Beyond “Just Follow the Wrinkles”
Author: Kenneth D King
Title: Kenneth D. King’s Smart Fitting Solutions: Foolproof Techniques to Fit Any Figure
If you only want to make sure your sloper fits, Kenneth’s “Moulage” book has extensive notes on fitting your moulage muslin, so that will be the ticket.
If you want to get even deeper into fitting techniques for any project, you’ll want to check out Smart Fitting Solutions. This is my go-to for checking and fixing the fit of a muslin.
This book promises, “Fit Any Figure, Solve Any Fitting Challenge.” I have to say it delivers. This is a slim volume, but it’s packed with information and useful instructions.
Professor King takes on fitting for several different shapes/ bodies with comprehensive, clear photographs. He doesn’t get bogged down on naming specific “figure problems”, but instead teaches how to look for how the clothes hang, hug, and/ or gap on the figure and train the eye to proportions.
The book uses 6 different models who “are short or tall, slim or plus-size, busty or not, and have different shaped derrieres and curvy or straight figures.” These models are all shown wearing clothes from their own wardrobes as well as muslins in-progress. I love the pictures towards the end of the models smiling happily in their fitted and corrected muslins.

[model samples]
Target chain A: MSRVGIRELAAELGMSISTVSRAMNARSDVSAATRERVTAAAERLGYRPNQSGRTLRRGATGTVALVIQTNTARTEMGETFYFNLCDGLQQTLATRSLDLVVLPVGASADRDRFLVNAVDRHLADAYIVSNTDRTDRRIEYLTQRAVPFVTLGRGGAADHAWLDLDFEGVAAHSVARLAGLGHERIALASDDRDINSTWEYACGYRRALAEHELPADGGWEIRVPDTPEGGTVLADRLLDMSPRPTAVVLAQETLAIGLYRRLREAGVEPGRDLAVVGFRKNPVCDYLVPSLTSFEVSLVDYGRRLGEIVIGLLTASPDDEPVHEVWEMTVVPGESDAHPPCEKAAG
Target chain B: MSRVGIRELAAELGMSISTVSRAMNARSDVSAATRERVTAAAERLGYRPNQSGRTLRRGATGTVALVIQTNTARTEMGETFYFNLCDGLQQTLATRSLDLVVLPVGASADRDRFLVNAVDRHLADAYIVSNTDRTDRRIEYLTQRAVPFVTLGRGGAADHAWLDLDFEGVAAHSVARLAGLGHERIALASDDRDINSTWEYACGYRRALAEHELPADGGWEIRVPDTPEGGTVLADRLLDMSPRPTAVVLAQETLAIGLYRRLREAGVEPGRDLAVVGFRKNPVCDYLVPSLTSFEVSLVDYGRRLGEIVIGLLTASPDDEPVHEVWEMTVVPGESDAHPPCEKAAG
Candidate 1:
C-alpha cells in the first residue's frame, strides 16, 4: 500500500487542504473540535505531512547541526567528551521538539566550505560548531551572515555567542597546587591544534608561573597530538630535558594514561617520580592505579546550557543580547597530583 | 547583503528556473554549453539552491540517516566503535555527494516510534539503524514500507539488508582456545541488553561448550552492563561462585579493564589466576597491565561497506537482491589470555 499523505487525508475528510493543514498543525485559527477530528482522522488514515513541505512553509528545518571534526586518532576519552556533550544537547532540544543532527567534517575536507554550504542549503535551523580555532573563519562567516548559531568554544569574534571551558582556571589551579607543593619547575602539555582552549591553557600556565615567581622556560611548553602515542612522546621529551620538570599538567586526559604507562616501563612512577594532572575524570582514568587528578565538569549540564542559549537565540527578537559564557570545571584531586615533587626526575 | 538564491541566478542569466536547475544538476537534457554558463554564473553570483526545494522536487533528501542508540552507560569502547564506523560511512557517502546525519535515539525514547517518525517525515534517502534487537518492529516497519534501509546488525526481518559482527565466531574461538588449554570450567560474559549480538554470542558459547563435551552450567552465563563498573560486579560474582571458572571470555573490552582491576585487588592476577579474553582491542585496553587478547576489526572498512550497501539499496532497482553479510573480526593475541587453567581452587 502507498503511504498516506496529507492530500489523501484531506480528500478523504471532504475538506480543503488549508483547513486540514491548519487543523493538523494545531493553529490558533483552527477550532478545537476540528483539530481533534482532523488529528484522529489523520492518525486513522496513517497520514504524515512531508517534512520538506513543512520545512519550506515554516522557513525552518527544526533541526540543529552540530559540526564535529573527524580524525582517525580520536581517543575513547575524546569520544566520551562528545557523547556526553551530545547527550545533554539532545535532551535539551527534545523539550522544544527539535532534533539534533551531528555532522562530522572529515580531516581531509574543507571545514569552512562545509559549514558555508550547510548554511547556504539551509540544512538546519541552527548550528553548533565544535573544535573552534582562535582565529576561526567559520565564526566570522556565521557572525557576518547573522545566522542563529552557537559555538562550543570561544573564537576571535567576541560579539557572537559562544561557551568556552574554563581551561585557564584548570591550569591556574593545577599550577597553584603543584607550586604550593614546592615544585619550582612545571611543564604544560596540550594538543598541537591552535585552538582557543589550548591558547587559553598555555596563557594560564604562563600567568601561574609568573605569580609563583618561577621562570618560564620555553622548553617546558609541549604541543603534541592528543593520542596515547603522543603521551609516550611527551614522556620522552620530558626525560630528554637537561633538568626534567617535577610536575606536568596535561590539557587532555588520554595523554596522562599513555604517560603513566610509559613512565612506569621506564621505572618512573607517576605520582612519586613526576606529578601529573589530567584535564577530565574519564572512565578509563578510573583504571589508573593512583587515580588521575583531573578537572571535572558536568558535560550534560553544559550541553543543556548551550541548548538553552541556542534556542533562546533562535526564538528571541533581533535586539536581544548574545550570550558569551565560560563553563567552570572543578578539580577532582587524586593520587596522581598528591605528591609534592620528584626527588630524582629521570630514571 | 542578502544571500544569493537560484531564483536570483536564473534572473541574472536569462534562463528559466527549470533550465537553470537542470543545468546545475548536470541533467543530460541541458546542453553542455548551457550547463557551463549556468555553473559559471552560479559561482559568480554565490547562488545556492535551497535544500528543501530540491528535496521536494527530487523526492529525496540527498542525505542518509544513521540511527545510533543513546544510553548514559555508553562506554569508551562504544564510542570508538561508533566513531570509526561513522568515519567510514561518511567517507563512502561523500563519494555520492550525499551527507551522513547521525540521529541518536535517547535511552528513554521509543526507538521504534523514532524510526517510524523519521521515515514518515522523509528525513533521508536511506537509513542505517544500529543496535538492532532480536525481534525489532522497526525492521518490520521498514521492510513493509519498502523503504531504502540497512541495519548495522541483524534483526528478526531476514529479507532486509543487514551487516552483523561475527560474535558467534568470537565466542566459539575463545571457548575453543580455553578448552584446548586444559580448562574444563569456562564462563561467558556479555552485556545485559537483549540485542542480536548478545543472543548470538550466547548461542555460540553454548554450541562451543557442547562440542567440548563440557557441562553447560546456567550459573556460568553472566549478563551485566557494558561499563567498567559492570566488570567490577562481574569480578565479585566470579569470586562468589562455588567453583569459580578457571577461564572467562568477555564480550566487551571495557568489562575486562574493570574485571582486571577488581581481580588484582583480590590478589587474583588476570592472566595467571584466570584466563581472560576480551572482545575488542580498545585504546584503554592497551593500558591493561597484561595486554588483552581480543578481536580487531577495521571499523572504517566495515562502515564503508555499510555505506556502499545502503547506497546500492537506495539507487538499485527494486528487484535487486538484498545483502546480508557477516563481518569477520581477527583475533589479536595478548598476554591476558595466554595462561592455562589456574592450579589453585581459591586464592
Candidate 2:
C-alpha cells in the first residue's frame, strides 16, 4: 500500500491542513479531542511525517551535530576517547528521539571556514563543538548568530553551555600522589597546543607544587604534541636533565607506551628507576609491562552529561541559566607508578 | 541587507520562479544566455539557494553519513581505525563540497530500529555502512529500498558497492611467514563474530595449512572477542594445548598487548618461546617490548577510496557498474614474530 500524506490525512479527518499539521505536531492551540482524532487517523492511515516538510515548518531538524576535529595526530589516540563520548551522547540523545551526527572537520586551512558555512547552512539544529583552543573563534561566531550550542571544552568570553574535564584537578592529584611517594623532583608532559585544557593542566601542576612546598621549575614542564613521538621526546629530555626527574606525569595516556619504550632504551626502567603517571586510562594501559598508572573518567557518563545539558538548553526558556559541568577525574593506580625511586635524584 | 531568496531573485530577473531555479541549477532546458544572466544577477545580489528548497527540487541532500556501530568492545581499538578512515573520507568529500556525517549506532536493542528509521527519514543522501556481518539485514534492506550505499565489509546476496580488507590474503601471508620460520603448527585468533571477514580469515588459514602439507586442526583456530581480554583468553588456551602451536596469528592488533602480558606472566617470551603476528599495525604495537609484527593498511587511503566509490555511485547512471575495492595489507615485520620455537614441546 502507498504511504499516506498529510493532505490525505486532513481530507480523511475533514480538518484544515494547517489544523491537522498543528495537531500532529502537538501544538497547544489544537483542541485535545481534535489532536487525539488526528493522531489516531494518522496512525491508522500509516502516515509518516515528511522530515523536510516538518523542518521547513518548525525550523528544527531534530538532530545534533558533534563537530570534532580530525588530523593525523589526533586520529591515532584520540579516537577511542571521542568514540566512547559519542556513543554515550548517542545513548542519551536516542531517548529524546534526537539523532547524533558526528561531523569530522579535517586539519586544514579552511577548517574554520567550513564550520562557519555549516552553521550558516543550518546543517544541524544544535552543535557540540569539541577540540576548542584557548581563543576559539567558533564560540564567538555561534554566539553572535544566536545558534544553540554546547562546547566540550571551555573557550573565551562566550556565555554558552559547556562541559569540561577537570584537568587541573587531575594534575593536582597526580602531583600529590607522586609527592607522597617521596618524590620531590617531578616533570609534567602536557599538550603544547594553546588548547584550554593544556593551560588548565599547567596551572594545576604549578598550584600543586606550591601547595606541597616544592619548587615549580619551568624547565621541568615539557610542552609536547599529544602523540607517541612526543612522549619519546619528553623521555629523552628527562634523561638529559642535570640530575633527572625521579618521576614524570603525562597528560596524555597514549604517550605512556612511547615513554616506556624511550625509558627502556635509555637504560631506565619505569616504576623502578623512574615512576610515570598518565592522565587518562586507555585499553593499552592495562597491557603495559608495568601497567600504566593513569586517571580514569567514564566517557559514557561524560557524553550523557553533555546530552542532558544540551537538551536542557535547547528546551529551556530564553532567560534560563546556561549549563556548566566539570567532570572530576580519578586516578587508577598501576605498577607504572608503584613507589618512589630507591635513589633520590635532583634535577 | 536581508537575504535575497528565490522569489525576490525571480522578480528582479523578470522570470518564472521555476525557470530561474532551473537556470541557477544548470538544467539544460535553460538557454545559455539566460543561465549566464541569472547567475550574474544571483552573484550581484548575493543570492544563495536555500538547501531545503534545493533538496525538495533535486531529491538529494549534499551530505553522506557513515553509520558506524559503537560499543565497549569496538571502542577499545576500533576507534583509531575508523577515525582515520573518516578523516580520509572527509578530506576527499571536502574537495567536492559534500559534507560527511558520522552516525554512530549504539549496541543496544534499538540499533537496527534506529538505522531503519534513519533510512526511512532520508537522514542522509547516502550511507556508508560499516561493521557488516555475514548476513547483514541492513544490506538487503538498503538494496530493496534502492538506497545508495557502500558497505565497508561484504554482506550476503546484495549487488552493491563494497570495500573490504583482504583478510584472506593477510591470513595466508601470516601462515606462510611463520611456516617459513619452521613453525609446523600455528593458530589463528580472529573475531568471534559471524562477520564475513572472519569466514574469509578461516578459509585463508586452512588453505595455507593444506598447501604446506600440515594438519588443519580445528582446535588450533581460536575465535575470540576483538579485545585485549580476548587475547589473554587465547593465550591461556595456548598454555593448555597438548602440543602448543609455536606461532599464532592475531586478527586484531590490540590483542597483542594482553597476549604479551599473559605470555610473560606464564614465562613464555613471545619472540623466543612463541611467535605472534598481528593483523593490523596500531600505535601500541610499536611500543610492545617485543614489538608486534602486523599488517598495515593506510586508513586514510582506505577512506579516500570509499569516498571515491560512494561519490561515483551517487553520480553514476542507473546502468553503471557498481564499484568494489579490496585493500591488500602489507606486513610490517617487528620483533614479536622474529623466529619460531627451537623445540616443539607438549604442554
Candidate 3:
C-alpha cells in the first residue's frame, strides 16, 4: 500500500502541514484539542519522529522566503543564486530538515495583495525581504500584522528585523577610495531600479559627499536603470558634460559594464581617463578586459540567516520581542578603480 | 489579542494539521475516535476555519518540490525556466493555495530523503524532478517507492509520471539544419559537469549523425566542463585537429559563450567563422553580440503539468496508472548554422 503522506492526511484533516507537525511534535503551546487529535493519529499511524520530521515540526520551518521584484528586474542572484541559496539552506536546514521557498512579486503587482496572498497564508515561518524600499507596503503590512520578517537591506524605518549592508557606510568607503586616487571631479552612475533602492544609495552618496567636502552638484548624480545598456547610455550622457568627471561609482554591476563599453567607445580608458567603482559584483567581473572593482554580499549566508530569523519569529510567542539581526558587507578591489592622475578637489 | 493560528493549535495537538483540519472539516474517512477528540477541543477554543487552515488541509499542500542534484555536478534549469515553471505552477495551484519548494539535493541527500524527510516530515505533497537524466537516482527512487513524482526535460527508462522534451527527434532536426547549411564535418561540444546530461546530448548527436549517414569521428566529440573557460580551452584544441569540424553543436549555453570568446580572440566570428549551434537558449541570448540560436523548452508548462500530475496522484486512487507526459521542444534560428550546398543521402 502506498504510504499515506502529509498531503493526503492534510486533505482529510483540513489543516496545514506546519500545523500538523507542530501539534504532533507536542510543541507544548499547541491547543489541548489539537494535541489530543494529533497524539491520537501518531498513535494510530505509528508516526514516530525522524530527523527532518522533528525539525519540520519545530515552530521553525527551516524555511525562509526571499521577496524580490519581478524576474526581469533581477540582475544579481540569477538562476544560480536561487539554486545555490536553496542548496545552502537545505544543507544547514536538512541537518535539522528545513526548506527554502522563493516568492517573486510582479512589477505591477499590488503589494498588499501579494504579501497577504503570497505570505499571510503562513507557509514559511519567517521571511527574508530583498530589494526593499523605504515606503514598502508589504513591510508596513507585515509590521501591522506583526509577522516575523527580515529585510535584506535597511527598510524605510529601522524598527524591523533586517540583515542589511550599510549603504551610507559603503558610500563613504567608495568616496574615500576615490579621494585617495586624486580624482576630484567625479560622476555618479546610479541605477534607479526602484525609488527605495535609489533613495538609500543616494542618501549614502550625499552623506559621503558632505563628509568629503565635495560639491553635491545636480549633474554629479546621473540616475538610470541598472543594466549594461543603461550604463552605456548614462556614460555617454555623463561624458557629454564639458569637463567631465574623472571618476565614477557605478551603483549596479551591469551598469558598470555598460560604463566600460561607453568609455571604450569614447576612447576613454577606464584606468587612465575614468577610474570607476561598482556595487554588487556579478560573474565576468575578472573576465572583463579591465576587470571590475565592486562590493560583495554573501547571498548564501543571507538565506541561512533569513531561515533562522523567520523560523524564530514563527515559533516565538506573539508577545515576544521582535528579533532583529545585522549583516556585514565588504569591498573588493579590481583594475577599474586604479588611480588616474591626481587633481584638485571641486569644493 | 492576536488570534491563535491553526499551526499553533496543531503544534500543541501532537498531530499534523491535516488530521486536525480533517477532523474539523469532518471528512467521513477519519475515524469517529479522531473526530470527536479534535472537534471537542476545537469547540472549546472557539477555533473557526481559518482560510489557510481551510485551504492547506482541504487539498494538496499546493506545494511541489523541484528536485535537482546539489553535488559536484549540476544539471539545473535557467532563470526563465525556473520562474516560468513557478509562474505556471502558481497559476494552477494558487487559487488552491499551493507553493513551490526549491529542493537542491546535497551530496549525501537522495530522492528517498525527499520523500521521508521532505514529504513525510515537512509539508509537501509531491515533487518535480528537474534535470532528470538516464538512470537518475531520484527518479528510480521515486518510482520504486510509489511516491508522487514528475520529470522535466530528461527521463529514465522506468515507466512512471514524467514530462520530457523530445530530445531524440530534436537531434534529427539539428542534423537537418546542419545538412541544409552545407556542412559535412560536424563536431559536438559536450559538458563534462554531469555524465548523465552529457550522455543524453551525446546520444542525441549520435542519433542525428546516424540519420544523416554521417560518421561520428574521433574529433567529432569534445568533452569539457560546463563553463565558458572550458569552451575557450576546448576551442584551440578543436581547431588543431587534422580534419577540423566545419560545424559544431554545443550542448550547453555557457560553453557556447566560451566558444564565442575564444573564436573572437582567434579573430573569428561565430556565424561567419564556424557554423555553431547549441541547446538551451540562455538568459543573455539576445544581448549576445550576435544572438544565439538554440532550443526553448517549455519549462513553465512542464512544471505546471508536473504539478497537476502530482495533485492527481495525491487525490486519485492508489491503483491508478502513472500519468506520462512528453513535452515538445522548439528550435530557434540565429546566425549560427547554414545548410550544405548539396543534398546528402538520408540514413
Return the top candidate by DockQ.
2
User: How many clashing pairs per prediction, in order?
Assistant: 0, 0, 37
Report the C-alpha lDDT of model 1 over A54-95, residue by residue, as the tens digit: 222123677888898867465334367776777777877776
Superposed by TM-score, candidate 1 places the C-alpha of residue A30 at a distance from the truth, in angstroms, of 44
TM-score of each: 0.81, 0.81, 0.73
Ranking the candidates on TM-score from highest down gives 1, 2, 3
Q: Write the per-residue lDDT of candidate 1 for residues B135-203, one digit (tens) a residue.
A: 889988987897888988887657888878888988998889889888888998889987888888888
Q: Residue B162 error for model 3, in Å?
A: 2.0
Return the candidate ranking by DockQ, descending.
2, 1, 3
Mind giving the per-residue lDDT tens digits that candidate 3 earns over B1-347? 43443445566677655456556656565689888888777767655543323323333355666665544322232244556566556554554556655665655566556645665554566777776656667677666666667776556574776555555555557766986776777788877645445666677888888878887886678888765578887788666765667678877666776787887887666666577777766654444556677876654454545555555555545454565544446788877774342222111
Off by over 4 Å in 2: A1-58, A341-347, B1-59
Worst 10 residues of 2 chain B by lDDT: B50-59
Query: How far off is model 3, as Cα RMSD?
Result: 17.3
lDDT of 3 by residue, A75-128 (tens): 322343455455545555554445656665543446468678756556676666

He shows how to take muslin changes back to flat paper in great detail using several techniques, from the standard “slash and spread” and moving seam allowances techniques to his innovative, “net loss” technique. I like how he uses photographs that are not-too-close and not-too-far, so you can really see what the problems are and what he does to fix them.
This book includes very brief but essential appendixes on measuring points in the figure (it’s 11AM, do you know where your bust point is?*) and mapping them back to a flat pattern, how much wearing and design ease you need, how to make a full bust adjustment, rotating a dart, and fitting a sleeve.
*My beleaguered spouse has been pressed into service as my measurer during the pandemic. We’ve been together for more than 23 years. Despite this, we can’t agree about where my bust point is, which seems like something we would both understand by now. The diagrams in this book have helped me teach him what I want him to measure.
Not “Fit for a Mannequin”
Author: Pati Palmer and Marta Alto
Title: Fit for Real People
The Palmer/ Pletsch fitting method has been taught and written about for more than 30 years. It’s a classic for a reason: the methods they teach are accessible and this book has a nice range of figures to help the reader see how different adjustments can be made.